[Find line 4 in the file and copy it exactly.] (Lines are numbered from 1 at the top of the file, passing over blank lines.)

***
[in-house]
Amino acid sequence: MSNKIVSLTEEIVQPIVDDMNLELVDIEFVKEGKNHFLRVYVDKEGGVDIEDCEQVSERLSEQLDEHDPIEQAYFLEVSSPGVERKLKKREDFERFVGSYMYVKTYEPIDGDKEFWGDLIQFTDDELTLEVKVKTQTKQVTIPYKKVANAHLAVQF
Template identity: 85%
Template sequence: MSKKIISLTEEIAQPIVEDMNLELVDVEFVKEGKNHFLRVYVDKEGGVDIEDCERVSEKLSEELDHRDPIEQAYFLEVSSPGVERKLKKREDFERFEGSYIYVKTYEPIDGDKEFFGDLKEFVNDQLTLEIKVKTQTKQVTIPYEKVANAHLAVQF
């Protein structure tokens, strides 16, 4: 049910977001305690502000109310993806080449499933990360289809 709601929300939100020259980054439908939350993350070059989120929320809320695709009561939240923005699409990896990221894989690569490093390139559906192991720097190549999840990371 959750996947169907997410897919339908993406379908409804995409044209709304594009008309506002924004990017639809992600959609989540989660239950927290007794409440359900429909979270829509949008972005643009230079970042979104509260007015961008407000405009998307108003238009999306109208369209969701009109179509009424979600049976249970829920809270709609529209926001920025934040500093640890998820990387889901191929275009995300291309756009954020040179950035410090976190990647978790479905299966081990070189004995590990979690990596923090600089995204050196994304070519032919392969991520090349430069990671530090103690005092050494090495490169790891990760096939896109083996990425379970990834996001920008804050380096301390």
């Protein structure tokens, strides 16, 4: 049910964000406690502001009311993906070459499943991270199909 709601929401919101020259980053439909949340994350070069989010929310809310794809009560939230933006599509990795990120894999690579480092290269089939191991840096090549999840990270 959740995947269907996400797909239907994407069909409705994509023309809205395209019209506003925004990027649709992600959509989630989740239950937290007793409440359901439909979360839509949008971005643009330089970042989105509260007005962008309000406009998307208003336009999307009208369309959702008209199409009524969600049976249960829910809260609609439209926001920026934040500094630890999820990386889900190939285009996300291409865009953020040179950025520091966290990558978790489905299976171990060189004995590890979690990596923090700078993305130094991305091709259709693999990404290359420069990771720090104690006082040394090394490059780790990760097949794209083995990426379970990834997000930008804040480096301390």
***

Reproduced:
Template sequence: MSKKIISLTEEIAQPIVEDMNLELVDVEFVKEGKNHFLRVYVDKEGGVDIEDCERVSEKLSEELDHRDPIEQAYFLEVSSPGVERKLKKREDFERFEGSYIYVKTYEPIDGDKEFFGDLKEFVNDQLTLEIKVKTQTKQVTIPYEKVANAHLAVQF